"So painful to me, Quirites, are these controversies with the tribunes of the plebs, that my most bitter exile knew no other solace but this, all the time that I lived at Ardea, that I was far away from these contentions. And they are likewise the cause that though you had a thousand times recalled me by resolution of the senate and the people's vote, I intended never to return.
Nor have I now been induced to do so by any change in my desires, but by the alteration in your fortunes. For the issue was this, that my countrymen should abide in their own home, not that I, at any or all costs, should be with my countrymen. Even now I would gladly stop and hold my peace, were not this too the quarrel of my country; whom to fail while life endures is in other men disgraceful, but in Camillus impious.
For why did we seek to win her back, why rescue her, when besieged, from the hands of the enemy, if, now that she is recovered, we voluntarily abandon her? And although, while the Gauls were victorious and in possession of the entire City, the Capitol nevertheless and the Citadel were held by the gods and men of Rome, shall we now, when the Romans are victorious and the City is regained, desert even Citadel and Capitol? Shall our prosperity make Rome more desolate than our adversity has done?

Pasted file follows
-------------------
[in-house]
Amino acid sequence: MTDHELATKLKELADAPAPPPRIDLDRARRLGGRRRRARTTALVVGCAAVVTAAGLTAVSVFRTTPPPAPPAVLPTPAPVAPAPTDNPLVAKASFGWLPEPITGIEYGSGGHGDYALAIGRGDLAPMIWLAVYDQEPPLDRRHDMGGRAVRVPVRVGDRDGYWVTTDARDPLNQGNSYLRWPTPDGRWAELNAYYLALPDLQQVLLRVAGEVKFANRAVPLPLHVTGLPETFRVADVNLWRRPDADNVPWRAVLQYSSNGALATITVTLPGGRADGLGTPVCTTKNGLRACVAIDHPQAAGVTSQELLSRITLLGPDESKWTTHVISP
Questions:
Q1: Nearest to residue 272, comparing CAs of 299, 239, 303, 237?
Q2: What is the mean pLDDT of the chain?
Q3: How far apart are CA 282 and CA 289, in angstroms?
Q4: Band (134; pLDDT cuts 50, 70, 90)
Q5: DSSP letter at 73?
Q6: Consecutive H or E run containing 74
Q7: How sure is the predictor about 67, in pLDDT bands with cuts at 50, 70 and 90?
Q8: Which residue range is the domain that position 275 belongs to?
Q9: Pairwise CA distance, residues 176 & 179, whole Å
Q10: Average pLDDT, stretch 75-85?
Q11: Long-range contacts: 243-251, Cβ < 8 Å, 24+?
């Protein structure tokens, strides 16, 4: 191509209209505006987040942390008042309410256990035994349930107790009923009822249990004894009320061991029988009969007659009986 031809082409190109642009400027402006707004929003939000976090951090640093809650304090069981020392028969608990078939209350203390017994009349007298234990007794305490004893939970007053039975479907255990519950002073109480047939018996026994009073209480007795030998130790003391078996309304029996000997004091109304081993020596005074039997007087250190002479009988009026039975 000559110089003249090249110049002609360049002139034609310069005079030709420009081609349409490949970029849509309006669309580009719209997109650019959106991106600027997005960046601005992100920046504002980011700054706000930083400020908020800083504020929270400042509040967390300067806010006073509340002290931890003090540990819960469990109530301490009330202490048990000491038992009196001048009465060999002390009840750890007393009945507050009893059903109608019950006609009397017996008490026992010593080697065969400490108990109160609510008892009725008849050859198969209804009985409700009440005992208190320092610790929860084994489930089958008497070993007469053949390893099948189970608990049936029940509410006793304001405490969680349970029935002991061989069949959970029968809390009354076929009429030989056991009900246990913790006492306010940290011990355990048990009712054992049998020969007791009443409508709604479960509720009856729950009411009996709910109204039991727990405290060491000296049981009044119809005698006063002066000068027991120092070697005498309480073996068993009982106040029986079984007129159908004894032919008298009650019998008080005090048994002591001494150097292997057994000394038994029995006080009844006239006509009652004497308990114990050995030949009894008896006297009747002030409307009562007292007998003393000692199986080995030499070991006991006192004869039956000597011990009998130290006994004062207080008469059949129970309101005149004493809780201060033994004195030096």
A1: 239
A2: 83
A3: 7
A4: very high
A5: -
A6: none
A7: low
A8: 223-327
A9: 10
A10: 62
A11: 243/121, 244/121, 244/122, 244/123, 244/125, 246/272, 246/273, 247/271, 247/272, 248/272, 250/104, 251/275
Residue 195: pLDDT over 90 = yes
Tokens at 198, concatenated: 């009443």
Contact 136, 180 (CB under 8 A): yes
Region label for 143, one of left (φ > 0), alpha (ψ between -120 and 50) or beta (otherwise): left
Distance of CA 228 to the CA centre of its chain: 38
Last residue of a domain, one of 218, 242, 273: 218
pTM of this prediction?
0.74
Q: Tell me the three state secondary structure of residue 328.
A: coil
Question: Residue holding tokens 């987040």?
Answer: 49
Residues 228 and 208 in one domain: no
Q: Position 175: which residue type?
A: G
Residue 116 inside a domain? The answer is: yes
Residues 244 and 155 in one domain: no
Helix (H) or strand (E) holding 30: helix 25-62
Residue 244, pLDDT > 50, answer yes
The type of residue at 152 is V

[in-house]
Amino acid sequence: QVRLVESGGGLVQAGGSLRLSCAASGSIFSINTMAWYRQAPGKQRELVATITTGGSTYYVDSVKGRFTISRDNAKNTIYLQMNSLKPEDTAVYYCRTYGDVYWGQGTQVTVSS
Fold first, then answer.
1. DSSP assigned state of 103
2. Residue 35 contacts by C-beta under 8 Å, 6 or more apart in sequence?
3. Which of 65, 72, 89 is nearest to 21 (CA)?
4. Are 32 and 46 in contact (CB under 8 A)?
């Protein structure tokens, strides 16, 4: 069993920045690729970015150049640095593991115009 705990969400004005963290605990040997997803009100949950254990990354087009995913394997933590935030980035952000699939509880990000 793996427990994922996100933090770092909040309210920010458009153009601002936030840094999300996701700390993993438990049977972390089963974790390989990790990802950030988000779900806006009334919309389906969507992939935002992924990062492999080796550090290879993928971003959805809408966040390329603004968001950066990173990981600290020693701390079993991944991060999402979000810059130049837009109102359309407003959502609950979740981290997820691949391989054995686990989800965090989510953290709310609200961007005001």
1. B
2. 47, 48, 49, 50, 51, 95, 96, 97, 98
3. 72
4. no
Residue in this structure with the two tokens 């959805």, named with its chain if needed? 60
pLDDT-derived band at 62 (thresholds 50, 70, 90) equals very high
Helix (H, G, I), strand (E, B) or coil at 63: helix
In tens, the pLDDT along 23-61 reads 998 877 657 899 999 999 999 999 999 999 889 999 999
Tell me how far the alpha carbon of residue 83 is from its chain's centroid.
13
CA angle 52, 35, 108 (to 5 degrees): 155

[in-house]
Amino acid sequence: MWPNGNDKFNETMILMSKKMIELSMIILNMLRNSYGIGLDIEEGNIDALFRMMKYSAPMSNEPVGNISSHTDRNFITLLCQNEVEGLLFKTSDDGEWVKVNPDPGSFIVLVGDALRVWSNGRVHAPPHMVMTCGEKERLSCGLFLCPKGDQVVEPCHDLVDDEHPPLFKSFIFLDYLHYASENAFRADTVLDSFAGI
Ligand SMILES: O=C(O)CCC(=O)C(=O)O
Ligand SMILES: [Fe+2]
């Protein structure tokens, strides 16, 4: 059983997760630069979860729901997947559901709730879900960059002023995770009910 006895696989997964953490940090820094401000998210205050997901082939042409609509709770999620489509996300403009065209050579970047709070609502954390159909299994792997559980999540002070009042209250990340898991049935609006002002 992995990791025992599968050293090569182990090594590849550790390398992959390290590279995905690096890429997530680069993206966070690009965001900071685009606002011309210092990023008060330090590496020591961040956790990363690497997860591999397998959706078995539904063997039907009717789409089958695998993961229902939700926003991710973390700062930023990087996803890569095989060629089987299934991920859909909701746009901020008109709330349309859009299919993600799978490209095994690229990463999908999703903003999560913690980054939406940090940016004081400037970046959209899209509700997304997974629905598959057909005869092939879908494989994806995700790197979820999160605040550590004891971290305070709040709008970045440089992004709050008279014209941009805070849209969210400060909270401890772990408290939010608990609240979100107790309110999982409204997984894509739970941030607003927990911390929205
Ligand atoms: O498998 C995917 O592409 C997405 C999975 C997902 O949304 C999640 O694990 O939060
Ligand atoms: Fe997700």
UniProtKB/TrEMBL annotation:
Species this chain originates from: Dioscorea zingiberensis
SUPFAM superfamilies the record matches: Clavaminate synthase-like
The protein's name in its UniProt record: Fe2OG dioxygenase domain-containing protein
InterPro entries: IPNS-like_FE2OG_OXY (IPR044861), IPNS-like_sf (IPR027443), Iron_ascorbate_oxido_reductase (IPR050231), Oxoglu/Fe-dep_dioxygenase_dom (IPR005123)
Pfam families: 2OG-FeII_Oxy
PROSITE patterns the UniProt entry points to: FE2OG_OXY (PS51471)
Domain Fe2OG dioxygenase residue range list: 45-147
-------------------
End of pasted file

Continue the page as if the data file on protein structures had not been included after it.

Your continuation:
Indeed, if we had no religious rites established with the founding of the City and by tradition handed down, [p. 173]
yet so manifest has at this time the divine purpose1
been in the affairs of Rome, that I for one should suppose it no longer possible for men to neglect the worship of the gods.
For consider these past few years in order, with their successes and reverses; you will find that all things turned out well when we obeyed the gods, and ill when we spurned them.
First of all, the war with Veii. How many years we fought, and with what painful exertion! And the end came not, until, admonished by Heaven, we drew the water off from the Alban Lake.
What, I beseech you, of this strange disaster that lately overwhelmed our City? Did it come before we disregarded the voice from Heaven that announced the approach of the Gauls? before the law of nations was violated by our envoys? before we, that ought to have punished their fault, had passed it by, with the same indifference towards the gods?
Therefore were we conquered, led captive, and put to ransom; and suffered such punishments at the hands of gods and men as to be a warning to all the world.
Adversity then turned our thoughts upon religion. We fled for refuge to the Capitol and its gods, to the seat of Jupiter Optimus Maximus; of our holy things, some, in the ruin of our fortunes, we concealed in the earth, others we removed to neighbouring cities out of sight of our enemies; in the worship of the gods, albeit forsaken of gods and men, yet were we unceasing.
Therefore have they given us our native land again, and victory, and our ancient renown in war that we had forfeited; and against our enemies, who, blinded with greed, broke treaty and troth in the weighing of the gold, have they turned dismay and rout and slaughter. [p. 175]